Apple releases second iOS 9 and OS X public betas with tweaks and bug fixes

23 Jul 2015 | Author: | No comments yet »

Apple prevents beta testers from punishing developers with bad App Store reviews.

What’s new: Apple brought back Home Sharing in the second public beta of iOS 9, which means you can stream your iTunes library on any Apple device on your Wi-Fi network.Until now, iPhone and iPad owners running pre-release software have been able to moan about these unexplained crashes and random restarts via Apple’s App Store review system.File this under notable PSA: Apple just implemented a change that prevents users with devices running its latest iOS beta (that’s iOS 9 right now) from leaving reviews in the App Store.Apple upset a significant portion of its user base (case in point: the excellent email below) when it disabled Home Sharing for iOS devices in iOS 8.4.

App makers typically focus on optimizing their software for the latest commercial release of Apple’s operating system — currently iOS 8.4 — and then make the necessary updates and changes as a new major iOS update approaches every fall. This is a sensible and wholly logical move since beta versions of iOS are works in progress which may affect or break certain parts of a developer’s app without that developer initially being either aware, at fault, or able to provide a fix. But as Apple Insider notes, Apple has inexplicably allowed iOS beta users to publish reviews in years past, when the pool of testers was mostly limited to app developers and hardcore enthusiasts.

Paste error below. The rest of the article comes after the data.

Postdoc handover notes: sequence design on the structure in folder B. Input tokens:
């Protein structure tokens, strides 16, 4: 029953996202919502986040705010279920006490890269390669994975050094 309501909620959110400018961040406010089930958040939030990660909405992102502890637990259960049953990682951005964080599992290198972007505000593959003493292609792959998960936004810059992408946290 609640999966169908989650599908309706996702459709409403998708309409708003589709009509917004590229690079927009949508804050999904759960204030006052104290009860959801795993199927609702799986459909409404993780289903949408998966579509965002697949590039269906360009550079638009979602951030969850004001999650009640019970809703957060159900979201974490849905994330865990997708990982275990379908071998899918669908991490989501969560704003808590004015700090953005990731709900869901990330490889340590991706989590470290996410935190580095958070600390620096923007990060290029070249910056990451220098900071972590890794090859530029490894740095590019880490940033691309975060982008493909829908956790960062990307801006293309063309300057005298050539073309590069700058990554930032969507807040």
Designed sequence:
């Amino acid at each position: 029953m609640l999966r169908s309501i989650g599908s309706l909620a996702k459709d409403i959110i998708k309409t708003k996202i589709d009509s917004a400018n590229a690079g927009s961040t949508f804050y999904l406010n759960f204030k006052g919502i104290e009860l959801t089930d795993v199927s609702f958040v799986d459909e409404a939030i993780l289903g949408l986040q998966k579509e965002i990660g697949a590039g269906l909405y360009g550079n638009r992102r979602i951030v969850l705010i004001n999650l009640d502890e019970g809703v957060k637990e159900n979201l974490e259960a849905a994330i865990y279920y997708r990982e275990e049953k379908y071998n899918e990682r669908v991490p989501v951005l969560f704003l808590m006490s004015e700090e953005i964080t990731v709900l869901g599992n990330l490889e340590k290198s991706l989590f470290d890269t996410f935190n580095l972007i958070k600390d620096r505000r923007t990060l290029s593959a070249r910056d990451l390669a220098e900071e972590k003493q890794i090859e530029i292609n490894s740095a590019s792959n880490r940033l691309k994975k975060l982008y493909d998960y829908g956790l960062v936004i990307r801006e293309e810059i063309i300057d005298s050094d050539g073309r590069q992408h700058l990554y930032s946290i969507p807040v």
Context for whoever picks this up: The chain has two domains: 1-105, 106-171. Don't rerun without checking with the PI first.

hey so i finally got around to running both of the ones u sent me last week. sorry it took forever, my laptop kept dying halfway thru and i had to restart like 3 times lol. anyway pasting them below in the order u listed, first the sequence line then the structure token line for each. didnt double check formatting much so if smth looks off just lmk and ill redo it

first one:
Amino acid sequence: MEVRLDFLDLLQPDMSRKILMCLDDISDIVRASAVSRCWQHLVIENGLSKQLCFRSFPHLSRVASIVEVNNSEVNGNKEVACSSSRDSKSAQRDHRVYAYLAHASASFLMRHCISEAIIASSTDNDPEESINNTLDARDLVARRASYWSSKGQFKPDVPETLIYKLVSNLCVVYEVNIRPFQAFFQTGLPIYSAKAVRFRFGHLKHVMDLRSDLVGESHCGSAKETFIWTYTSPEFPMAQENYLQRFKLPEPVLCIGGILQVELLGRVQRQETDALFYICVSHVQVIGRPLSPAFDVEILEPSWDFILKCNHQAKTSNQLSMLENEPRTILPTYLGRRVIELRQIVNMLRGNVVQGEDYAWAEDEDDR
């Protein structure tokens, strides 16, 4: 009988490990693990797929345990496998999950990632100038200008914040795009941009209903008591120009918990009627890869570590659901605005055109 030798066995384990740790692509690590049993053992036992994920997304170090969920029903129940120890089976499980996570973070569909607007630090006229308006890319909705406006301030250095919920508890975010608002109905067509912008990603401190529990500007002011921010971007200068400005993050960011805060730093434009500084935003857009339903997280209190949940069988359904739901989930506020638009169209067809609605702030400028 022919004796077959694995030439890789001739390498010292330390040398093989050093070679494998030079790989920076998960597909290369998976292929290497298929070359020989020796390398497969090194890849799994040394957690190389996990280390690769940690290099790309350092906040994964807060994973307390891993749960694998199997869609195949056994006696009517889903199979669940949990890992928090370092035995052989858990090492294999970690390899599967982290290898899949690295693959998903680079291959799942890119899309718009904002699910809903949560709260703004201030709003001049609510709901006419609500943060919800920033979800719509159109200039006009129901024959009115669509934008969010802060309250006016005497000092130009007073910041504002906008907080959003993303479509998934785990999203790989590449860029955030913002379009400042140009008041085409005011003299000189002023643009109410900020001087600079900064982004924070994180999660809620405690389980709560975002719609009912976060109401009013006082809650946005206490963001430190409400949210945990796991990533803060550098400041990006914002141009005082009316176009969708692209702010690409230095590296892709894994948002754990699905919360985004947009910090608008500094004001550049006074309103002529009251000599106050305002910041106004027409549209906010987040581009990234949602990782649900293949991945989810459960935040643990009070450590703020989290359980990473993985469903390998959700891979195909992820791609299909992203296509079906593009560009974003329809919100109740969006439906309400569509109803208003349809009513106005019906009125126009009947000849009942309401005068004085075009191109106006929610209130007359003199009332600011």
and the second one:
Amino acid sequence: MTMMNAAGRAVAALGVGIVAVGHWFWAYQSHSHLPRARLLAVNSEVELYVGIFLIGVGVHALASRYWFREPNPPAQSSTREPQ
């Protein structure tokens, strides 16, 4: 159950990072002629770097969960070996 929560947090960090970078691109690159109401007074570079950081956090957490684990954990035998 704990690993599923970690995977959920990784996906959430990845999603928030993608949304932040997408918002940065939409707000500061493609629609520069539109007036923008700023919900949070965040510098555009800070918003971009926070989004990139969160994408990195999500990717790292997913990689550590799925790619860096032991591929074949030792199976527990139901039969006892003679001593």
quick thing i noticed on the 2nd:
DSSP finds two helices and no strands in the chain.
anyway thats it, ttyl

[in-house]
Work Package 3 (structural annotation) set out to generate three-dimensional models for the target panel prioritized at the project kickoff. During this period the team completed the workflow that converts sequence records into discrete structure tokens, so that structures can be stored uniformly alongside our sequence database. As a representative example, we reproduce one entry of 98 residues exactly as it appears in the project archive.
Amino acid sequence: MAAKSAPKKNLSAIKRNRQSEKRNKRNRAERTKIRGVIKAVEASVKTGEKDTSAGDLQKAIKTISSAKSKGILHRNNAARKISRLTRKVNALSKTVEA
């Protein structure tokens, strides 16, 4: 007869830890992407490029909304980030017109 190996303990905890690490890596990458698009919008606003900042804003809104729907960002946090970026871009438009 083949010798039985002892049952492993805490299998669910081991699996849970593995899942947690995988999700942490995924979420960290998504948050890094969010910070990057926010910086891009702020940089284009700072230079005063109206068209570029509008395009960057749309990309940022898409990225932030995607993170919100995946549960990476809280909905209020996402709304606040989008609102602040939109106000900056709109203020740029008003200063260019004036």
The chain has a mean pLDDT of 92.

Apple opened the beta program for iOS to the public (with some stipulations) for the first time this year, having previously kept its in-development software strictly for those with a developer account. The reinstatement isn’t really a surprise — Apple VP Eddy Cue had publicly promised to bring back the feature before; most likely, it was disabled while Apple hashed out an agreement with music labels.

This is detrimental to developers because users running the current version of iOS wouldn’t necessarily experience crashes or other problems associated with less stable beta software. The software allows those plucky enough to download it to take Apple’s new Maps app for a spin, along with the revamped multitasking menu, Notes app, Proactive Siri and Split View for iPad. µ This month, Mac Stories expressed concern that increasing numbers of beta users are able to leave reviews — and, in particular, negative ones — so it’s good to see that Apple is listening and reacting. Now that Apple has opened iOS 9 to public testing, users who are not developers might not be as familiar with beta software problems and have left critical reviews of apps based on their iOS 9 experiences.

If you were waiting for the beta to become more stable before trying it out, then you’ll need to follow our iOS 9 beta guide or our El Capitan public beta guide to put the new software on your machines.

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